One of the most interesting shifts in Christian theology after the Shoah was in how the adjective Jewish was used. In the patristic era, to call someone’s work Jewish was to insult it: the work was too fleshly or legalistic. Since the Shoah, to call someone’s work Jewish is to praise it as appropriately this-worldly, concerned with the ordinary stuff of life, embodied.
People often assume—wrongly—that the Bible presents a single view of God and the world. In Understanding Wisdom Literature, David Penchansky shows how the Hebrew Bible’s wisdom books, Proverbs, Job and Ecclesiastes, speak differently from covenant-centered writings such as Genesis, Deuteronomy and Isaiah.
There are probably few reference books that vacationers will drag down to the beach this summer. And though I make a living in academia, there aren’t many works of reference that I want to read from cover to cover. I love history because I love stories, storytelling and engrossing narratives—not because I’m taken with the facts, figures and dates that populate reference books.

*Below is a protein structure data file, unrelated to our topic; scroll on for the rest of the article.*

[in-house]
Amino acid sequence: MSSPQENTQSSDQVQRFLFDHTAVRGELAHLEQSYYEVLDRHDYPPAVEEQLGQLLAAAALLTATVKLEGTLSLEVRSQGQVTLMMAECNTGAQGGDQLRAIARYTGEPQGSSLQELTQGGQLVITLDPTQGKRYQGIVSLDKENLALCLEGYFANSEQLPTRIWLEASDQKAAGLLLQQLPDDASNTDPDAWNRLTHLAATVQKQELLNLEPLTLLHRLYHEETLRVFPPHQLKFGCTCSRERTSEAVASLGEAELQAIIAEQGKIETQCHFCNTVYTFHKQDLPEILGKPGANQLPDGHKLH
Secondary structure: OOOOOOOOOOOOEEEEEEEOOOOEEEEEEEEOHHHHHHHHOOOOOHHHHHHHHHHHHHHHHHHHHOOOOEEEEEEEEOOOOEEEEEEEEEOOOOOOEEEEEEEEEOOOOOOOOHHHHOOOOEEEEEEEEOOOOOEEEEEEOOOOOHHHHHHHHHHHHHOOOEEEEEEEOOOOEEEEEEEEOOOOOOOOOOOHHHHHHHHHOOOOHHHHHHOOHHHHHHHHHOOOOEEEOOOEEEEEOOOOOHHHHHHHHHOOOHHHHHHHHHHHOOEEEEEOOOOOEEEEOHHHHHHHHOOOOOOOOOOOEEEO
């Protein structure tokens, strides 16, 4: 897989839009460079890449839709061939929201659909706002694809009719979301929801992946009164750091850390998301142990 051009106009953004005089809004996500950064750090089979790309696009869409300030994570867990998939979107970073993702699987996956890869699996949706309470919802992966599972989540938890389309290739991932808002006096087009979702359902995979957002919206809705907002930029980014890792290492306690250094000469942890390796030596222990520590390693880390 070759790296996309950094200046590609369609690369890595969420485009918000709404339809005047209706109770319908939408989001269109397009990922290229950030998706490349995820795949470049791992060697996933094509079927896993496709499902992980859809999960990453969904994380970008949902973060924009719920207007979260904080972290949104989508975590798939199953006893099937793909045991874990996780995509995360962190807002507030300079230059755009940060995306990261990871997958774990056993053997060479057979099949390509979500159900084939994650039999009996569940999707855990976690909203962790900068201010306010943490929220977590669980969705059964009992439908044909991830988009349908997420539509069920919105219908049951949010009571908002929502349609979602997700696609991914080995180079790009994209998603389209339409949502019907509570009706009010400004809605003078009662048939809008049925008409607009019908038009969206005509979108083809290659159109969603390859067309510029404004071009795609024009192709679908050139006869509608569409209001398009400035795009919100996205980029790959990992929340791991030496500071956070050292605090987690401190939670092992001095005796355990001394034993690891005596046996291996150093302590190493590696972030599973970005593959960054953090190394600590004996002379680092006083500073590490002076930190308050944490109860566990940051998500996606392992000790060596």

The Big Questions in Science and Religion, by Keith Ward (Templeton Foundation Press). Of the many excellent overviews of current issues in the interaction of science and religion, this one is readable and balanced, a good start for a broad audience. A theologian conversant with scientific issues, Ward covers ten questions, from the big bang to revelation and divine action.
A quick word on your “if it feels good, don’t do it” distillation of my message. We can dig into this more as we go, but for now I’d just point out that at various times, Christianity—and particularly my own Catholicism, the faith of carousing Irishmen, hedonistic Italians, and “give me chastity, Lord, but Lord not yet” sinners in every time and place—has been scolded for being altogether too worldly, too pleasure-loving, too forgiving of the weaknesses of the flesh.
José Gabriel Funes, who runs the Vatican’s astronomy program, is not bothered by the idea that there might be intelligent life on some other planet, such as on the recently discovered Kepler 452b which appears to be earthlike. “Just as there is a multiplicity of creatures on Earth, there can be other beings, even intelligent, created by God,” Funes said. “This is not in contrast with our faith because we can’t put limits on God’s creative freedom.” He does not believe that the discovery of extraterrestrial intelligent life would mean there could be another Jesus. “The incarnation of the son of God is a unique event in the history of humanity, of the universe,” he said. Pope Francis has already said the church should be open to baptizing extraterrestrials, should they ever be encountered (Washington Post, August 1).